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Not Sure to be honest

  1. Oct 25, 2007 #1
    1. The problem statement, all variables and given/known data
    My friend and I were having trouble with an equation, but I don't have the exact one with me so I will write one that is similar and is the same concept:

    Equation: x^4 + 2x^3 - 9x^2 - ax + b

    So basically they want you to find the two missing variables in the 4th degree polynomial. They give you two roots to work with out of the possible 4.

    The roots they give you are: (x-1) and (x-2)



    2. Relevant equations



    3. The attempt at a solution
    I would think to use synthetic division and use one of the roots, but I'm not sure. Even if I'm coorect to use synthetic division what do I do once I reach the variables. I'm so lost.
     
    Last edited: Oct 25, 2007
  2. jcsd
  3. Oct 25, 2007 #2

    rock.freak667

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    Well if i am understanding the question correctly then (if a,b,c and d are roots)
    x^4 + 2x^3 - 9x^2 - 2x + 8= (x-a)(x-b)(x-c)(x-d) where a and b are known so that you can expand and equate coefficients
     
  4. Oct 25, 2007 #3
    the roots they give you are (x-1) and (x-2). Does that make a difference or would I continue to do what you said. Oh actually now that I think about it, I completely messed up on a few things.
     
  5. Oct 25, 2007 #4
    ok now its ok to re-read. Sorry for any inconvenience.
     
  6. Oct 26, 2007 #5

    Hurkyl

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    Why can't you do the same thing you normally do? It's just arithmetic, isn't it?
     
  7. Oct 26, 2007 #6
    can you please explain in to further depth in such a way that I will understand? Please.
     
  8. Oct 26, 2007 #7

    Hurkyl

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    (1) Do synthetic division up until the point where you get stuck.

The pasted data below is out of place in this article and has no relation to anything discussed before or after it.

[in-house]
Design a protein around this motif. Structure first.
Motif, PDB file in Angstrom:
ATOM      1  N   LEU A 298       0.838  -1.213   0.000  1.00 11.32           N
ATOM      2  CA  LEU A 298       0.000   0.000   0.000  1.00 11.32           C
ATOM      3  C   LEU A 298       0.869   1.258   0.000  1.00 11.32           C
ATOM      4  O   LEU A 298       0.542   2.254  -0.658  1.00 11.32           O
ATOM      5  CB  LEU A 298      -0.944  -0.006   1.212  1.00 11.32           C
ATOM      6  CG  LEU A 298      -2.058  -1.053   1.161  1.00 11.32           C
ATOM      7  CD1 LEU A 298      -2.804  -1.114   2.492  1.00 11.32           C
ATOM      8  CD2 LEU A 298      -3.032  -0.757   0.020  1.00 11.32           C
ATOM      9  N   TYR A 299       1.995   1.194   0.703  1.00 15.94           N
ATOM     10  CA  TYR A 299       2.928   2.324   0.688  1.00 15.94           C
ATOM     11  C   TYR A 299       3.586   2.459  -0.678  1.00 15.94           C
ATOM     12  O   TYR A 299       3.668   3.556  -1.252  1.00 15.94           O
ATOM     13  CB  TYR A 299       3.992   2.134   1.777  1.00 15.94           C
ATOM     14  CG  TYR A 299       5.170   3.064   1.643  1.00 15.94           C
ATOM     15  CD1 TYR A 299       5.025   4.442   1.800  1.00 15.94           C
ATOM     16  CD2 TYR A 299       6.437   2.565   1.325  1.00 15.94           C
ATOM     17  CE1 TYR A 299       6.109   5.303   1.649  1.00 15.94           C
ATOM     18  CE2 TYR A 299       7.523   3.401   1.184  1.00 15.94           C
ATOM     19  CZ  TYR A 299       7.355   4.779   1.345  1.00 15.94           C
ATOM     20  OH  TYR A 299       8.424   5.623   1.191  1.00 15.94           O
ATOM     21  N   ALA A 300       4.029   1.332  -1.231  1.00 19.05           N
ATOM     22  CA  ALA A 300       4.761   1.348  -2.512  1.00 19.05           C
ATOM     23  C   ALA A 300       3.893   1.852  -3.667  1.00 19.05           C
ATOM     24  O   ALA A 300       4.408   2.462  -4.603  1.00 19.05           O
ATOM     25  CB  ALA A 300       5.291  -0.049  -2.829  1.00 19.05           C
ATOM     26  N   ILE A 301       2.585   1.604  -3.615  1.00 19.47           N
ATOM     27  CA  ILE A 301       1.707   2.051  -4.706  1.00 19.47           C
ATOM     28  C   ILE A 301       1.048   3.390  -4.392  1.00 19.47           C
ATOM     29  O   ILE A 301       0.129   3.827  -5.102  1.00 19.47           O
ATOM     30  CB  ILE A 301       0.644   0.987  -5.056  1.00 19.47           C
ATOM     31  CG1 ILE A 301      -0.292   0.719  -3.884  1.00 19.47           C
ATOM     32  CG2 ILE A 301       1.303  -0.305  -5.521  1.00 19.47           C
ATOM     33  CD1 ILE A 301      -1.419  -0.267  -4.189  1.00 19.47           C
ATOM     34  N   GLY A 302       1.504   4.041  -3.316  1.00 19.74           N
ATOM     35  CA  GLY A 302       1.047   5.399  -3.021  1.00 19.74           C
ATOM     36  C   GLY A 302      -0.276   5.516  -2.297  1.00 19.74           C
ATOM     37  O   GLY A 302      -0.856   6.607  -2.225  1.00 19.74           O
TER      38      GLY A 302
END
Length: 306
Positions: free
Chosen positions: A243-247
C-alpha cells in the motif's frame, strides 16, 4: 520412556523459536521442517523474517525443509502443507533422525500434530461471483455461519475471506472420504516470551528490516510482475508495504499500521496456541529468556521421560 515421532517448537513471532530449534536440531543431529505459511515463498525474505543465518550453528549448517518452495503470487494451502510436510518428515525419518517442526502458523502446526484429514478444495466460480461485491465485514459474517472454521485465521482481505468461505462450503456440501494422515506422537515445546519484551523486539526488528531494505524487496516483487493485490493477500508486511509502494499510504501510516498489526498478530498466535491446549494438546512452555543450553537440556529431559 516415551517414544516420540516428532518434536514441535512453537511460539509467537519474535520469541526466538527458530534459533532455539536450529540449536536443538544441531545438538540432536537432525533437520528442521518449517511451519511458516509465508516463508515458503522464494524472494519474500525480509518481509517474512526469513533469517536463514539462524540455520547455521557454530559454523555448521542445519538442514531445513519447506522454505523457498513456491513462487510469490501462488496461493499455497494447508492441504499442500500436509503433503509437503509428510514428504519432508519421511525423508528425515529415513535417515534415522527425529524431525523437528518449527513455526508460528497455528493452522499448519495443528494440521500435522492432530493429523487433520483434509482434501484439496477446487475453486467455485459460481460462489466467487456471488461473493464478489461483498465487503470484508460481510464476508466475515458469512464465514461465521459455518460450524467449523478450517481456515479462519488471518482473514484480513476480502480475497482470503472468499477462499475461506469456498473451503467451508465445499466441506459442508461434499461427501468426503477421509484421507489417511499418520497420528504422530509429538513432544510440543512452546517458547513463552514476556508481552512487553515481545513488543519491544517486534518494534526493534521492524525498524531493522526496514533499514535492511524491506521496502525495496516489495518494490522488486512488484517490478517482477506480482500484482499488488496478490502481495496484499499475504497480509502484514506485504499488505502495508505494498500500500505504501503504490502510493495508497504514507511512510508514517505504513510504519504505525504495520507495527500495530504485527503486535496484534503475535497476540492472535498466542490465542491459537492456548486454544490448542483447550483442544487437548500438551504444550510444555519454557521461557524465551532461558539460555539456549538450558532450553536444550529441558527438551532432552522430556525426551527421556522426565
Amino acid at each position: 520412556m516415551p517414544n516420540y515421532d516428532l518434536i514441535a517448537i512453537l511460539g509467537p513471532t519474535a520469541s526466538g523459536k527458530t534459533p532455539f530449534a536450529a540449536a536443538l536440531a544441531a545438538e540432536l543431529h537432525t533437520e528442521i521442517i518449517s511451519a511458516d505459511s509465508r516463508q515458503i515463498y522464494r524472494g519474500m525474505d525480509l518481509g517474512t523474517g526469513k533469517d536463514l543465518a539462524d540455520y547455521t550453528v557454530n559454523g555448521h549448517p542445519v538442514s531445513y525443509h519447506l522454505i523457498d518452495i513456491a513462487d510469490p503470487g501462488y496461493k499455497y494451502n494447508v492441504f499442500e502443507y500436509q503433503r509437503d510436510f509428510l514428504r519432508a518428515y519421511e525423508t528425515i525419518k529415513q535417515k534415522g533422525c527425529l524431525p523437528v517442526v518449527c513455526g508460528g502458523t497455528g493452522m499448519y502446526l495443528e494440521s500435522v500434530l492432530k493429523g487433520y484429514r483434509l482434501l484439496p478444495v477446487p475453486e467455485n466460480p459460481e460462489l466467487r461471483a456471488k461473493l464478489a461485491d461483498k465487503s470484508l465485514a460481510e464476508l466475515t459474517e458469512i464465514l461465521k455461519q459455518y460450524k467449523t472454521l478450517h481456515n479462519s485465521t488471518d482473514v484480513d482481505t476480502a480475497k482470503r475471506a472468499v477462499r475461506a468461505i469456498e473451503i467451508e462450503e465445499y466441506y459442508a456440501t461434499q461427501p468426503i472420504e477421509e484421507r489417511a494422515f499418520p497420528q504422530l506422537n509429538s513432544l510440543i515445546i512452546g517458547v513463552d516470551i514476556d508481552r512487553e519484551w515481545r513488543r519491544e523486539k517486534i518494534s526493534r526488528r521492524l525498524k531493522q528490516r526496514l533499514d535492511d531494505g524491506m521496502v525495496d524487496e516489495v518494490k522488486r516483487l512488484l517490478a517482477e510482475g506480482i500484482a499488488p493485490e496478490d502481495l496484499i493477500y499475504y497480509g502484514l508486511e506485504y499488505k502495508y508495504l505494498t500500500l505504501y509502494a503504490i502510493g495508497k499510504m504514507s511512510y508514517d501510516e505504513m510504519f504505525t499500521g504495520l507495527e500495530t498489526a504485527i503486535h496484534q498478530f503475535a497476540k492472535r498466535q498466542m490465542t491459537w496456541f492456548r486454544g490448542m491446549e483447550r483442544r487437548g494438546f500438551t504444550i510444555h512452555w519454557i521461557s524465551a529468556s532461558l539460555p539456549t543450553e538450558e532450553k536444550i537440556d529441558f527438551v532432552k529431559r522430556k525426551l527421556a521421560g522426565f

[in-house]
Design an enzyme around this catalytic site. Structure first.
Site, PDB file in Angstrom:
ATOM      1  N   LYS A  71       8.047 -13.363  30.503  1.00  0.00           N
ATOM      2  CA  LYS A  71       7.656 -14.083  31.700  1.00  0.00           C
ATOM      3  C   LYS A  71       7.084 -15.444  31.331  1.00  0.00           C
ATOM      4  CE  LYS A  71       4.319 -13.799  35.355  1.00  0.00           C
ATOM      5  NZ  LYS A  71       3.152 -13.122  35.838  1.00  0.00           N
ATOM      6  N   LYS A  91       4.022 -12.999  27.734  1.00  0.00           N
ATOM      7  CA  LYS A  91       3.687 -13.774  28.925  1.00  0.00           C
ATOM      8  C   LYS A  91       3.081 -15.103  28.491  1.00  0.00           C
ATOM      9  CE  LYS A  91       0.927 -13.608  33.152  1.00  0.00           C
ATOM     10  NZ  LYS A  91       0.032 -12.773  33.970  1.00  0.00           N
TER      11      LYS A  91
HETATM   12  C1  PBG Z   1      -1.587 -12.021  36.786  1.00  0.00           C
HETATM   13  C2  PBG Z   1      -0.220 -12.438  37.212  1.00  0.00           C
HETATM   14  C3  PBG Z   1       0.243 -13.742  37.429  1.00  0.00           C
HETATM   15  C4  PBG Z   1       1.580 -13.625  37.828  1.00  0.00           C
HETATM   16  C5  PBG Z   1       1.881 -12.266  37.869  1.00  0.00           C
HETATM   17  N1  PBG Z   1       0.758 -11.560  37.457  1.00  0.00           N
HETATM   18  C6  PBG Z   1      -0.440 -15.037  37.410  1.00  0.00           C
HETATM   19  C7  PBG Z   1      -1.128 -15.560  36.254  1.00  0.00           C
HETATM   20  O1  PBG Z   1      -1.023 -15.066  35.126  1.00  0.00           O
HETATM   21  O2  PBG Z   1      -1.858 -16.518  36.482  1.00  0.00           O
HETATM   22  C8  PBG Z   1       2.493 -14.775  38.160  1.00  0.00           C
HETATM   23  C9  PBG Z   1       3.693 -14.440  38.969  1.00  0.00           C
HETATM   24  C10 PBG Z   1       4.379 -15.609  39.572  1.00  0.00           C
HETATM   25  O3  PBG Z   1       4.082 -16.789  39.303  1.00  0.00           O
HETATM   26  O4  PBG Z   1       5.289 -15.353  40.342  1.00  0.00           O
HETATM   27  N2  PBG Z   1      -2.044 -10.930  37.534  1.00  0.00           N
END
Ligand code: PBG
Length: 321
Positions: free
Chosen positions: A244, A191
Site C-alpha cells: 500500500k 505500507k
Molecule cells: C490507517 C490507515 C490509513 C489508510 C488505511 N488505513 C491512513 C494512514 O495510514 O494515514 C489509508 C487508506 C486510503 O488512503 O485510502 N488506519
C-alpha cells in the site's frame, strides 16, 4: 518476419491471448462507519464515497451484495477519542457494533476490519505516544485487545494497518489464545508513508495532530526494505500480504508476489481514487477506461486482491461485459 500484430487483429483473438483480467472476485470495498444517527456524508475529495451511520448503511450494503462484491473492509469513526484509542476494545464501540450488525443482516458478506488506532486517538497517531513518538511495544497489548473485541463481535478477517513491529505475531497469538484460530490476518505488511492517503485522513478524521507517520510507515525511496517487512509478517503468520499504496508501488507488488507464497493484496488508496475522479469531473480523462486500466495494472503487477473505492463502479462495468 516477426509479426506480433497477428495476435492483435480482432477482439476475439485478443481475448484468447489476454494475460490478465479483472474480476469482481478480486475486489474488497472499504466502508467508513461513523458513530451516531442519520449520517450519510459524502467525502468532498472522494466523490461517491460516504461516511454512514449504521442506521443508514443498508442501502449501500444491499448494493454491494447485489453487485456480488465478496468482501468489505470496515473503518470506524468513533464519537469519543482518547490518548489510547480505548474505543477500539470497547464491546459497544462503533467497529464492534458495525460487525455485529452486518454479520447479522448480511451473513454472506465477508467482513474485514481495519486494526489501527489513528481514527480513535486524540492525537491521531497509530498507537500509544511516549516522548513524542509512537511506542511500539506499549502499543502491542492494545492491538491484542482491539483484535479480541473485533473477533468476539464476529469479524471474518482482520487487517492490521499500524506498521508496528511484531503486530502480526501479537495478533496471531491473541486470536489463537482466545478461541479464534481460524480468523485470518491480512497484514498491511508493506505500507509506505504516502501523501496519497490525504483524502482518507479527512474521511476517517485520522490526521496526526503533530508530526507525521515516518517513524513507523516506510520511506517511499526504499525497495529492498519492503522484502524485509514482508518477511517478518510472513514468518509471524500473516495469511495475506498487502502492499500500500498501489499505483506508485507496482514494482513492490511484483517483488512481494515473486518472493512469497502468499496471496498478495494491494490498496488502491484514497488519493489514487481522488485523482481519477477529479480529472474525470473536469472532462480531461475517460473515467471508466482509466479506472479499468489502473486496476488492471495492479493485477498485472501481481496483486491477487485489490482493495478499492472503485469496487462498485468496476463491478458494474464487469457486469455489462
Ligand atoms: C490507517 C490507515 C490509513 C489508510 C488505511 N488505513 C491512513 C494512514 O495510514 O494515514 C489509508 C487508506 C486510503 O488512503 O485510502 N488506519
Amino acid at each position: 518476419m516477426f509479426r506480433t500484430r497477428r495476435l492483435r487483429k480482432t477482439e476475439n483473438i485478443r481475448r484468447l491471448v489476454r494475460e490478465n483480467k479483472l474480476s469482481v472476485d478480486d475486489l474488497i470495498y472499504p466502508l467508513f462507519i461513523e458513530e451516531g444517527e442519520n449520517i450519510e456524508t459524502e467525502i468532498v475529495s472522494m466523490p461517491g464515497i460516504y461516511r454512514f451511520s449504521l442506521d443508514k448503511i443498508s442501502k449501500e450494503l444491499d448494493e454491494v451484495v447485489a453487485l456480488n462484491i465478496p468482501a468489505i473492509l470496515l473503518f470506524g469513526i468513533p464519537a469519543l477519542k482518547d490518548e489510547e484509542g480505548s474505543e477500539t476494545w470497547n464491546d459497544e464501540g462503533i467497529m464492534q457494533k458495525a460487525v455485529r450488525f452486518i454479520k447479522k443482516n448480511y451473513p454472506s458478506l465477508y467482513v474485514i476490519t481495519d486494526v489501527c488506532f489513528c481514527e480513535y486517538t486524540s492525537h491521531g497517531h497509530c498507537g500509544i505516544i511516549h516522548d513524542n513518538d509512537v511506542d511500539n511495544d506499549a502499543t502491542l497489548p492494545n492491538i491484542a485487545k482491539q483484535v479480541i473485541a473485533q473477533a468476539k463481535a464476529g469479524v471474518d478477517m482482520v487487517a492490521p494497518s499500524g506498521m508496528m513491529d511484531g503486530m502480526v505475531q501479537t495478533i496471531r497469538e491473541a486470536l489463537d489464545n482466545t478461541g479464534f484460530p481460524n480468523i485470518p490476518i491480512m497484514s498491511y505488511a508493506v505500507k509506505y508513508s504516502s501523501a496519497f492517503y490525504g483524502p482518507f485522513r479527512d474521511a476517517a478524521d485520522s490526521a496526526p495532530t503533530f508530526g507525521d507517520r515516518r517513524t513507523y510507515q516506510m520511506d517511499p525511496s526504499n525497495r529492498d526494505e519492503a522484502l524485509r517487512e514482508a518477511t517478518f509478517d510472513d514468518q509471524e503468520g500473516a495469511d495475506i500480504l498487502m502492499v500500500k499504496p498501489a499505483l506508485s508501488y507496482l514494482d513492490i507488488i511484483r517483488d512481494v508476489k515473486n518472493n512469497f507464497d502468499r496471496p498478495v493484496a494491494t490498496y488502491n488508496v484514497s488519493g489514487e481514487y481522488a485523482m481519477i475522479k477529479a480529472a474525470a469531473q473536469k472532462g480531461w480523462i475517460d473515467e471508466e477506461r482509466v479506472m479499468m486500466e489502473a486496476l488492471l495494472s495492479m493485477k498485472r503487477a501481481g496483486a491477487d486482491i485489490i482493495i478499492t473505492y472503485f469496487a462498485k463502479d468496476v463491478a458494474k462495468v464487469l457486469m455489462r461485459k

(2) Imagine what you would do if you had a number instead of a variable.
    (3) Do that to the variable.
     
  9. Oct 26, 2007 #8
    yes, but that means you can plug in any two sets of numbers that work and they they ARE equal to those varibles when they really arent.
     
  10. Oct 26, 2007 #9

    Hurkyl

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    I can't figure out what you're saying here.
     
  11. Oct 26, 2007 #10

    learningphysics

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    f(x) = x^4 + 2x^3 - 9x^2 - ax + b

    what is f(1) and f(2) ? you know that x=1 and x=2 are roots...
     
  12. Oct 26, 2007 #11
    yeah but when you plug that in how do you know what to plug for the variables to get the correct number for the variable. You could be plugging in two numbers that give you remainder of 0 but dont give you what the actual value of the variable unless you get 0 on the other root also. Is there a less tedious and time consuming way to do this?
     
  13. Oct 26, 2007 #12

    HallsofIvy

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    ?You know that the variables are 1 and 2 because you were told that 1 and 2 are roots! (In your original post, you say that (x-1) and (x-2) are roots. What you really mean are that (x-1) and (x-2) are factors of the polynomial so 1 and 2 are the roots.) You are given two of the roots and, as far as I can see, there is no reason to try to find the other two.

    Setting f(1)= 0 and f(2)= 0 give you two linear equations to solve for a and b. Surely solving two linear equations is not "tedious and time consuming"!
     
  14. Oct 26, 2007 #13
    x^4 + 2x^3 - 9x^2 - ax + b,

    what halls and others are saying is that since you are only asked to find the variables a and b and not required to find other two roots of the polynomial than you can simply do this
    first let x=1 and since 1 is the root of say p(x)=x^4 + 2x^3 - 9x^2 - ax + b, than p(1)=0
    in particular 1+2-9-a+b=0, b-a=6,
    and when u plug in x=2, p(2)=0, so you basically have
    16+16-36-2a+b=0, so b-2a=4,
    all you need to do now, as halls stated is solve this linear system and you will get what you are looking for, which indeed are the values of a and b.
     
  15. Oct 26, 2007 #14

    Hurkyl

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    Well, I was trying to point out that you can still synthetically divide, since that's where the OP claimed to have problems. For example,

    x^4 + 2x^3 - 9x^2 - ax + b
    = (x+1)(x^3 + x^2 - 10 x + (10 - a)) + (a + b - 10)

    (of course, -1 is not known to be a root. I didn't want to do the OP's problem for him!)

    Once he performed the synthetic division, he could invoke knowledge about what result he's supposed to get...
     
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